Tips for getting out the front door every morning & why it’s important.

The rush of getting to work in the morning can wear us out physically and mentally.  The alarm goes off, the cat is waiting to get fed, the dog is close behind, there are dishes that need picked up from the night before, the stuff we take to work needs gathered, coffee made, clothes ironed, a million last minutes things, and an attempt to get some laundry going which we may regret later because it was time we should have spent on the road.
When I finally get in the car in the morning I make a sigh of relief.  I did it!  My mind starts to wonder as I make a mental list of all the things I didn’t get done.  I start to make a deal with myself to prepare better tonight so that I don’t have to rush anymore, but as soon as I hit the door after work the night rush starts and my lack of energy causes me to justify what really needs done and what can wait.  That is of course if I remember what all needs done.  After a long day at work who can remember.
Here are some tips for getting out the front door with a peace of mind:
  1. Keys all in one place.  I place baskets and/or sorters on the front table of our house when you walk in.  A place for keys, a place for the mail, change, pens, and do dad’s.  It’s all there in the morning when I need it.
  2. What the car needs.  I often search the cold icy ground for our only ice scrapper at 5:30 a.m. What we need is to determine what our car might need on different occasions and then have those items stored so that we can easily find them.  I guess I shouldn’t have randomly thrown the scrapper last time I used it before driving off.
  3. Let it go.  When all four kids were home I actually used to try to have the entire house picked up AND the beds made before I left.  This caused me more anxiety and wore me out before I even got to work.  Guess what?  You are busy.  Ask yourself if this REALLY needs done before you leave.  Can you keep your sanity and do this task?  When you are busy and have a family we sometimes have to let some things go.  One of my things was ensuring the beds were made every morning.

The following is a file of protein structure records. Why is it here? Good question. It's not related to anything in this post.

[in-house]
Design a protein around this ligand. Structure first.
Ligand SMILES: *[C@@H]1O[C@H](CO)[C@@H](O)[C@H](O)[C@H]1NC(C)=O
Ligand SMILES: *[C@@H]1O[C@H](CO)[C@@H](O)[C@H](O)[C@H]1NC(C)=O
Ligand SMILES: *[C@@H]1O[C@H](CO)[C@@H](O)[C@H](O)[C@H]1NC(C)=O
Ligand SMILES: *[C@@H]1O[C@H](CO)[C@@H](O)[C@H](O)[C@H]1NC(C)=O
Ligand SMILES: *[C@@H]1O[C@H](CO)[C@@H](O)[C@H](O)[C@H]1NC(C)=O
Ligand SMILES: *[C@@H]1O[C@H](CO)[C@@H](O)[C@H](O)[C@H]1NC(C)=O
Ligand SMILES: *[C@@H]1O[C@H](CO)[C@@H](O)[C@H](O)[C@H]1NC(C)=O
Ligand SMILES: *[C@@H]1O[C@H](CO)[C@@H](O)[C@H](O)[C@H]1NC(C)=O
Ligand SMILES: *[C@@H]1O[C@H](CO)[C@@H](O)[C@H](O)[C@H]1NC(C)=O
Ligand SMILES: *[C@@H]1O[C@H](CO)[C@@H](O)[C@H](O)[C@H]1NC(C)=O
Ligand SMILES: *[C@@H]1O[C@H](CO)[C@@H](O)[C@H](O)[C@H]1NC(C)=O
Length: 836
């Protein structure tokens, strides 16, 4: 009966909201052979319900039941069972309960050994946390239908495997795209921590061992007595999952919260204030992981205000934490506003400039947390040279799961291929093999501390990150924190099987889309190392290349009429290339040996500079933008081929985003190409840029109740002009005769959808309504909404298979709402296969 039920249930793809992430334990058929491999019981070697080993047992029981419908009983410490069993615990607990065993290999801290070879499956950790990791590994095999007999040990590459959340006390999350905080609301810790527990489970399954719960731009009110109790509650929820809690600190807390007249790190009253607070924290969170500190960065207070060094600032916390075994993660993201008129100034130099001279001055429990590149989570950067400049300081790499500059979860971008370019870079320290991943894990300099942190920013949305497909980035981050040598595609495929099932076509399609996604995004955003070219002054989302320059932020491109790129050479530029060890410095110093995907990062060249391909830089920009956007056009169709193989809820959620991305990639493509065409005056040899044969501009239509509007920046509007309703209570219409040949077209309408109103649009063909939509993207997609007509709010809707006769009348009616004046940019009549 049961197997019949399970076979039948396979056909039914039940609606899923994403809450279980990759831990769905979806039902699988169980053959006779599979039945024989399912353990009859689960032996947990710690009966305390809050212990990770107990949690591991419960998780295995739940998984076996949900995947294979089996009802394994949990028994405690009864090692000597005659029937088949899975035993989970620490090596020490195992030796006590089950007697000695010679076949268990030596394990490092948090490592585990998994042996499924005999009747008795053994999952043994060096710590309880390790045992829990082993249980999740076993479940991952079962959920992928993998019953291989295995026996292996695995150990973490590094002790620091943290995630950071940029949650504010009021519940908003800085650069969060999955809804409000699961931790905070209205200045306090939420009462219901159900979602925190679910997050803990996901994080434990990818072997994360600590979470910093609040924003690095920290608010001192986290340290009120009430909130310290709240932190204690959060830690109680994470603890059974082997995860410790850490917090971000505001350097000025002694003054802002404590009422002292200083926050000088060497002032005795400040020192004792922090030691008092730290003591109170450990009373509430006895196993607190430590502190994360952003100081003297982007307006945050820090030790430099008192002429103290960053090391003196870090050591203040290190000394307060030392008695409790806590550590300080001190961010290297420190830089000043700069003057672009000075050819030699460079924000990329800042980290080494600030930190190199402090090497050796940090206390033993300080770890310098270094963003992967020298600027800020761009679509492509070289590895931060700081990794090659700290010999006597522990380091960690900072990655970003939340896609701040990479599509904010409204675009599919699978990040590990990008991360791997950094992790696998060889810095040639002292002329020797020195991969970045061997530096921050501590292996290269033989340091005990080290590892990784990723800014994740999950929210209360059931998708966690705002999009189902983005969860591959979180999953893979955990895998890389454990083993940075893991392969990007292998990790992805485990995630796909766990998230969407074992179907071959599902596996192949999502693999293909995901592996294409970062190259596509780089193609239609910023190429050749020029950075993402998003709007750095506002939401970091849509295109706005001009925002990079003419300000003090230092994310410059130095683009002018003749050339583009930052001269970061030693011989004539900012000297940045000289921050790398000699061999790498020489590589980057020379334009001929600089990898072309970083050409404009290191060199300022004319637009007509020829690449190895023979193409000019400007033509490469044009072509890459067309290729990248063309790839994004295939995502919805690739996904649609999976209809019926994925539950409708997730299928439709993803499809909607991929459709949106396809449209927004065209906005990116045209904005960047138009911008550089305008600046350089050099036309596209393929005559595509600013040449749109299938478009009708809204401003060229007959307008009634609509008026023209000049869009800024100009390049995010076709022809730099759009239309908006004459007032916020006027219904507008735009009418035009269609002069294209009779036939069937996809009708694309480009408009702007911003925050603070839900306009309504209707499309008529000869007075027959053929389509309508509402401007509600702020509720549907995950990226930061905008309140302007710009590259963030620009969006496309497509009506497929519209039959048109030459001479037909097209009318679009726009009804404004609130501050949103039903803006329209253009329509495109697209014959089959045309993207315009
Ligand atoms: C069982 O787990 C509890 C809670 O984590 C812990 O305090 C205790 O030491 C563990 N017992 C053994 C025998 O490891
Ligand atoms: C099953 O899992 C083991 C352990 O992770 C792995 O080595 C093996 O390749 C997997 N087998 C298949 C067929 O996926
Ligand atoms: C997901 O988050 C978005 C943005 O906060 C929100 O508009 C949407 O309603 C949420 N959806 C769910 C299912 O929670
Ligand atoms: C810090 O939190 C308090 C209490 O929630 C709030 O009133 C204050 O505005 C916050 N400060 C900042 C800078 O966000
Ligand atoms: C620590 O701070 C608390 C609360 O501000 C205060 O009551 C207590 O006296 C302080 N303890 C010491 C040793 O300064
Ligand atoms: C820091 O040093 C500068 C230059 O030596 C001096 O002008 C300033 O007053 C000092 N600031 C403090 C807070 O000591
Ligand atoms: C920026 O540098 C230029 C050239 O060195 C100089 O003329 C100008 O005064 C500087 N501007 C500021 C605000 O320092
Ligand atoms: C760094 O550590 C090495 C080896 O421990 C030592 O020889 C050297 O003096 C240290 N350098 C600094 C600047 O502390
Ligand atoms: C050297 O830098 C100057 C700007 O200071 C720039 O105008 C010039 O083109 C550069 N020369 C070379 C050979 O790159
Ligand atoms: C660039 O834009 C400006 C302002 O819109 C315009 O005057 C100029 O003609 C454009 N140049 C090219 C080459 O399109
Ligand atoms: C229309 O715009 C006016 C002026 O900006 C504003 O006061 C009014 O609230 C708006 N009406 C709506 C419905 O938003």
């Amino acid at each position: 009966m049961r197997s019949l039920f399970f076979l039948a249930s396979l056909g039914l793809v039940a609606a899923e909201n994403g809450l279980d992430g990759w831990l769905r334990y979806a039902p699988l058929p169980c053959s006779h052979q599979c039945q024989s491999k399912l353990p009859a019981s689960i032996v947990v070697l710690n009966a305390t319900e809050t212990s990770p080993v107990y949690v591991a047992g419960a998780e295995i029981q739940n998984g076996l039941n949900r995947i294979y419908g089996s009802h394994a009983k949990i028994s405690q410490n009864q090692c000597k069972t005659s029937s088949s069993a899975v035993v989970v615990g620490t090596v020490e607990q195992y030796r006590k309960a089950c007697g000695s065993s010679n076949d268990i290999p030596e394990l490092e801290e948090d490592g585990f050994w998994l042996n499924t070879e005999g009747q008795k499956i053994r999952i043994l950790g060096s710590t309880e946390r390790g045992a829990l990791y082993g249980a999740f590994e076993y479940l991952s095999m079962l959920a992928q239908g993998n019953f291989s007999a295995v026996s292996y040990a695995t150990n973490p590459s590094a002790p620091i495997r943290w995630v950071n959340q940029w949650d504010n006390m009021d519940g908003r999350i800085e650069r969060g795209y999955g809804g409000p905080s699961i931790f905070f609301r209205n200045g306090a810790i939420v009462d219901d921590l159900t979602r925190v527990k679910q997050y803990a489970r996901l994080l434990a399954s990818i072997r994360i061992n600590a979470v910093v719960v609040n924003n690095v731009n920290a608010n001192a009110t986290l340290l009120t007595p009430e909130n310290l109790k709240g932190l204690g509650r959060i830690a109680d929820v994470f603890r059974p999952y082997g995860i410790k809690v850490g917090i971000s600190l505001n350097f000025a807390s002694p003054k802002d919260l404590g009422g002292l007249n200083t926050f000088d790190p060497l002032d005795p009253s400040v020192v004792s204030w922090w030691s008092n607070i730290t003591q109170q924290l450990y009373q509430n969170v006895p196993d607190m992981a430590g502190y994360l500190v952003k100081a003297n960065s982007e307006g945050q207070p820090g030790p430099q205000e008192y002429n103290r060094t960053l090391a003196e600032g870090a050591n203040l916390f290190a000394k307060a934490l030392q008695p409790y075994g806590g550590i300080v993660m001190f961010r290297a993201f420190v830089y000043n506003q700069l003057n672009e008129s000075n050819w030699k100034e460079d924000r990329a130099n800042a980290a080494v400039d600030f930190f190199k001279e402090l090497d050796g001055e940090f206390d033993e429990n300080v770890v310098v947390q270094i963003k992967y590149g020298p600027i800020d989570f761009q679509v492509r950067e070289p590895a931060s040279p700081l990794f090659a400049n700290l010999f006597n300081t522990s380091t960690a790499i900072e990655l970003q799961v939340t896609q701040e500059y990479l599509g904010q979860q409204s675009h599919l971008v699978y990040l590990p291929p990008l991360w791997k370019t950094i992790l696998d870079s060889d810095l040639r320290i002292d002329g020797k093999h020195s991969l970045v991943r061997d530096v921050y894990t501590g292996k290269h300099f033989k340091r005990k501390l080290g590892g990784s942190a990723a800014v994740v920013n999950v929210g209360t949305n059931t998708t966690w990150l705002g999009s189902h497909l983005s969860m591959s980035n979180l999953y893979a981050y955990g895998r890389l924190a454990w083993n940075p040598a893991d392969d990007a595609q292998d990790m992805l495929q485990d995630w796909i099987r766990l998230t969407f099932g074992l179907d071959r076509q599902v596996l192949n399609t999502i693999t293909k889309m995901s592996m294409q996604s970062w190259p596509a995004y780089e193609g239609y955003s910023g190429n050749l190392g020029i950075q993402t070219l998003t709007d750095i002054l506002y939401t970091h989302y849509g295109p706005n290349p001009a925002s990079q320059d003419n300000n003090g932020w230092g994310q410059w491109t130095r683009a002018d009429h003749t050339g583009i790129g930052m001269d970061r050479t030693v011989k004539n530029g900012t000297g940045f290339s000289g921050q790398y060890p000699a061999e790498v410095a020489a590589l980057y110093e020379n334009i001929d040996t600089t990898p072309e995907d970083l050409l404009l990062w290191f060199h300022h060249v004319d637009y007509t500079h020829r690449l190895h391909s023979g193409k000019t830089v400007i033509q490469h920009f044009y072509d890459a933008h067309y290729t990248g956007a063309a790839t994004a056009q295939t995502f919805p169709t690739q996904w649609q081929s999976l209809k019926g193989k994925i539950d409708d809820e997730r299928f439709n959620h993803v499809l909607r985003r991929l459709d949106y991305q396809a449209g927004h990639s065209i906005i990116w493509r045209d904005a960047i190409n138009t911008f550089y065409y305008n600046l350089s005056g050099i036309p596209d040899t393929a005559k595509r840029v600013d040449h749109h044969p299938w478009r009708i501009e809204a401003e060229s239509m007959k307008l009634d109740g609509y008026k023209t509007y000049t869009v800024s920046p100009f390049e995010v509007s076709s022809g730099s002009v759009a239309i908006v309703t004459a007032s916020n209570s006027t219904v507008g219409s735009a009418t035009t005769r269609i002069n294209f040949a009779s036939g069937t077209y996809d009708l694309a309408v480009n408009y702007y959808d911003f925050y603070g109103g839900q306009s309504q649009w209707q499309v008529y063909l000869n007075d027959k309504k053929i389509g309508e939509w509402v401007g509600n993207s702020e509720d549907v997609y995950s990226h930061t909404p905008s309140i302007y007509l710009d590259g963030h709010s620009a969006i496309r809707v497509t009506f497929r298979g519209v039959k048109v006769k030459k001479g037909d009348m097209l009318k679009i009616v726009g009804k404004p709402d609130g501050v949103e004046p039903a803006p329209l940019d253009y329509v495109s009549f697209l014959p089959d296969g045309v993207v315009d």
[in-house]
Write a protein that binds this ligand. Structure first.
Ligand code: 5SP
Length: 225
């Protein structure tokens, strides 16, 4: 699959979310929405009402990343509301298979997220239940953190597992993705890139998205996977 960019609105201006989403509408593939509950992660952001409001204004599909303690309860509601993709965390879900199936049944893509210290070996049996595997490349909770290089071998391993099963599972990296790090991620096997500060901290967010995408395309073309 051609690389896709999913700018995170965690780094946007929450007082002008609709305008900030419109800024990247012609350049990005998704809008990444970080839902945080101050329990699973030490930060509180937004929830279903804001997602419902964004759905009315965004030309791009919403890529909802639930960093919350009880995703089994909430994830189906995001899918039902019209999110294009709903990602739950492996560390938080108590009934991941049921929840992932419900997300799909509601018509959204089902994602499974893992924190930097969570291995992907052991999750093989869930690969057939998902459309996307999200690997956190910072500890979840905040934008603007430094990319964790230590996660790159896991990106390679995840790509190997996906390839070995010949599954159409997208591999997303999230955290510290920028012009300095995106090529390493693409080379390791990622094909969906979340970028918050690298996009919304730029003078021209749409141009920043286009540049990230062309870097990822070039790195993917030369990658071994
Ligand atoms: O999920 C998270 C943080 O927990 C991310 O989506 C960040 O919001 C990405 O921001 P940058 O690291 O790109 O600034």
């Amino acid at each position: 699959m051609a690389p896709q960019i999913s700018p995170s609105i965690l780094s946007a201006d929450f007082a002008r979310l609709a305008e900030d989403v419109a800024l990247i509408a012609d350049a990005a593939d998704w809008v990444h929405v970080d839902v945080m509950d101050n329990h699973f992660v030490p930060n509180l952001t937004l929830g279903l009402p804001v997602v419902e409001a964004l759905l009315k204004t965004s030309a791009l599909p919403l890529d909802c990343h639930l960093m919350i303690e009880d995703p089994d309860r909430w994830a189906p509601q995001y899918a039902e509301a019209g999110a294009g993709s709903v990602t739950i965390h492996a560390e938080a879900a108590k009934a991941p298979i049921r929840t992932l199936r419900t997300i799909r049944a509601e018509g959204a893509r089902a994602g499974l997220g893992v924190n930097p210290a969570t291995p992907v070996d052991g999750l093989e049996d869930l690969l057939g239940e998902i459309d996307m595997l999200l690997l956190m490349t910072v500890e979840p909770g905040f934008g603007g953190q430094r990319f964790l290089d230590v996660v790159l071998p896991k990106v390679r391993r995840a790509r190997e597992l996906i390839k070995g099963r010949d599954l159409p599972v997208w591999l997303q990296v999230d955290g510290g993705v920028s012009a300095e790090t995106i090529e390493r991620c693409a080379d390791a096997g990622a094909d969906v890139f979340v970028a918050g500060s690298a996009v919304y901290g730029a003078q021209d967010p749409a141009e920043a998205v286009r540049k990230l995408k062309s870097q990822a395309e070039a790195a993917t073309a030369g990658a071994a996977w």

4. Set a realistic goal for how long it takes to get to work.  I can probably get there if I leave by X. Going the speed limit or weaving in and out of traffic?  When I get up earlier than normal I have more time to get ready and drive to work at a normal pace.  It really makes a difference in my day and my night. I’m more relaxed and productive because I didnt rush.
  5. Accept things you cant change.  Like your bad hair day, crappy wardrobe, the fact you walked out with a stain on your shirt, and pretty much anything else you can’t control.  I look in the mirror and say this is my hair.  It sucks but I did the best I could.  I’m going to conquer this day with this hair!  Yeah!
  6. The night before.  If you spend a few minutes the night before getting ready you can get your clothes picked out, things you need gathered, a lunch made, ensure you have gas in your car, and so forth.  There is already so much to do, but if we develop some good nightly habits they will help us in the morning.
Why is this important?
The most important parts of our lives are the ones we live everyday.  We live more everyday life than we do the special moments.  This means that it is important to make everyday count.  If we want to be creative, start a new project, hobby, or to craft we need the time to do that.  If we are intentional about the way we use our time then we will find the time we need to start something new, or continue something important.
We are often not where we want to be in life.  That is no excuse for not tackling it in the most positive way that we can.  When my morning routine is spot on then I start my day off strong and am ready to tackle what comes my way.  I can walk into work with my head held high and confident.  Being intentional about how we use our time will give us the freedom to use it to build a great life.  Taking our personal time as serious as we do our work time is a huge step towards moving forward with our goals and our life.
Let’s do this thing!  We only get one shot.
Marcy Pedersen
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